Author, Mindful Teaching and Teaching Mindfulness: A Guide for Anyone Who Teaches Anything

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From Shambhala SunSpace.

In this excerpt from Deborah Schoeberlein’s new book, Mindful Teaching and Teaching Mindfulness: A Guide for Anyone Who Teaches Anything, we learn what mindfulness is, what it isn’t, and how the benefits of its practice might show themselves.

Mindfulness isn’t a panacea for the world’s problems, but it does provide a practical strategy for working directly with reality. You might not be able to change certain things in your life, at work, or at home, but you can change how you experience those immutable aspects of life, work, and home. And the more present you are to your own life, the more choices you have that influence its unfolding.

With mindfulness, you’re more likely to view a really challenging class as just that, “a really challenging class,” instead of feeling that the experience has somehow ruined your entire day. Purposefully taking a mental step back, in order to notice what happened without immediately engaging with intense emotions and reactions, provides a kind of protection against unconstructive responses and the self-criticism that can slip out and make a hard thing even harder. Even just pausing to take a breath can help you slow down, see a broader perspective and redirect the energy of the situation.

I’ve had moments (as I’m sure have you) when a cascade of little annoyances gathered momentum and I lost it—only to regret my outburst later. Developing mindfulness promotes awareness of the cascade, but from a distance. This way, I have a better chance of working with my assumptions without losing my perspective. Annoyances can be events that don’t have to gain momentum, rather than triggers for more and more difficulty. Mindfully noticing the discrepancy between what I wanted to accomplish and what I actually achieved provides useful information without the distraction of unproductive anger, frustration, or disappointment.

I’ve also known days when one challenging class rattled me to my core and poisoned whatever came next. Even after school, such experiences often lingered—as if the actual class weren’t bad enough, the ongoing mental repercussions were worse. If this has happened to you, then you’ll know exactly how painful and frustrating this feels. It’s easy to torment yourself by questioning your competence as a teacher when a forty-five minute class can cause you to take students’ poor behavior personally and lose your center. Even reflecting, “I should have handled that differently since I’m a professional after all—and I’m the adult in a room full of kids!” doesn’t really provide any practical guidance for the future.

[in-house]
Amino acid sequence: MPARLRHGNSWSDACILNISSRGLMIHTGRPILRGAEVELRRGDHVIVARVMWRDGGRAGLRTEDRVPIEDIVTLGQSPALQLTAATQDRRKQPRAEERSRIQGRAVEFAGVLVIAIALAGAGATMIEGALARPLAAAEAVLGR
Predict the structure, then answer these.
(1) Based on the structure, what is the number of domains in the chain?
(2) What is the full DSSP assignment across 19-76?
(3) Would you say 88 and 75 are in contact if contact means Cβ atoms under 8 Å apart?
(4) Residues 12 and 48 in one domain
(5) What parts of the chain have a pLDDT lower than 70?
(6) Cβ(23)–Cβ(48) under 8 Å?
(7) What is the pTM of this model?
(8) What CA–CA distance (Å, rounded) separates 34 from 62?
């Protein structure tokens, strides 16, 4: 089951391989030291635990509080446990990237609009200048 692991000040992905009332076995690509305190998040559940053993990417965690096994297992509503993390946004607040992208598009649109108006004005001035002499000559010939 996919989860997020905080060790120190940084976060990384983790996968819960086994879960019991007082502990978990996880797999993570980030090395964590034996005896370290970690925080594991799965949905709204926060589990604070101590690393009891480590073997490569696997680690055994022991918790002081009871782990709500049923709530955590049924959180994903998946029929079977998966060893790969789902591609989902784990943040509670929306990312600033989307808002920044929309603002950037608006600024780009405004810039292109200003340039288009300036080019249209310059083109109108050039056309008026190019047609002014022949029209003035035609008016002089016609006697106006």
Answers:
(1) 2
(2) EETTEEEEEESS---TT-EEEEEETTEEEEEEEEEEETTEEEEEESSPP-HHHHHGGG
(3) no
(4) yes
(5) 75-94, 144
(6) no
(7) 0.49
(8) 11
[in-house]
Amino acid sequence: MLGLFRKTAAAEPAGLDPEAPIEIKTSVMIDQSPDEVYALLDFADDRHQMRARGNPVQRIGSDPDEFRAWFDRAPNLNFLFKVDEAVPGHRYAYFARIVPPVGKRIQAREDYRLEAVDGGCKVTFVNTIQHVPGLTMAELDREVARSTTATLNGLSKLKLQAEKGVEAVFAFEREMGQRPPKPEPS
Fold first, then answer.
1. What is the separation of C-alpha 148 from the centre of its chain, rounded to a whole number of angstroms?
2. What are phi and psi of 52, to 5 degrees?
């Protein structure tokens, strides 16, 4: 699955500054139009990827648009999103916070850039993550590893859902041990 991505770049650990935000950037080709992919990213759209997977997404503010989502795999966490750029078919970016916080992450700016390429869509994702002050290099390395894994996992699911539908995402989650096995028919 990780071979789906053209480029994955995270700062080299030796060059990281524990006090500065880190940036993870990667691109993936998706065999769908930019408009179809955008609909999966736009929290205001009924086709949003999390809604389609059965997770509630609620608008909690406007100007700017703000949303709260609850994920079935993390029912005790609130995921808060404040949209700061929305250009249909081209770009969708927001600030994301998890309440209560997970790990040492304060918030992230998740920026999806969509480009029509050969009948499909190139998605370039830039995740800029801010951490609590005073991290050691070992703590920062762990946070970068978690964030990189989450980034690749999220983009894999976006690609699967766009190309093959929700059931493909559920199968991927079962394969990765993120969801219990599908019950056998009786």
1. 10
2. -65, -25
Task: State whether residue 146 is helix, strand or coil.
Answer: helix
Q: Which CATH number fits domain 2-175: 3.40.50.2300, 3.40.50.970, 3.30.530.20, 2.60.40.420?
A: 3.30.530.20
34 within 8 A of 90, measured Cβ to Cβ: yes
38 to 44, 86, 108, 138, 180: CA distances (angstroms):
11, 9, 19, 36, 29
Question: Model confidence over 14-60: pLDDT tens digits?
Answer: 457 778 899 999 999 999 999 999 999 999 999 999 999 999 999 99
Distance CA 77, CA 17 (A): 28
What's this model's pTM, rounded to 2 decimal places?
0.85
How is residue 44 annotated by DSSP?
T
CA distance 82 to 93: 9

So what’s the answer? Put simply, part of it is all about mindfulness: practice and application, and more practice and yet more application. Practice begins with developing mindfulness in a calm, quiet place, a place where the practice is comparatively easy. Application is about walking into a more challenging situation in real life, like your most difficult class, with increased skills and the confidence to help you stay focused, present, flexible, and available. Should you lose the quality of mindfulness you’ll eventually notice what’s happened. And when you do, you can practice returning your attention to paying attention, and redirect your awareness onto the experience of awareness. As you practice and apply mindfulness, you’ll gain skills that will help you accurately assess challenges and handle them with greater ease.

Having techniques that help you manage your own experiences and emotions is more comfortable than feeling powerless as a result of your emotions and habits or, worse, buffeted about by the changing winds of other people’s behaviors and the environment. It’s a simple fact of life that we cannot change other people to suit our will. Yet you can change your own habits and your relationship to your reactions—but reaching that goal requires effective strategies.

For more check out the book here.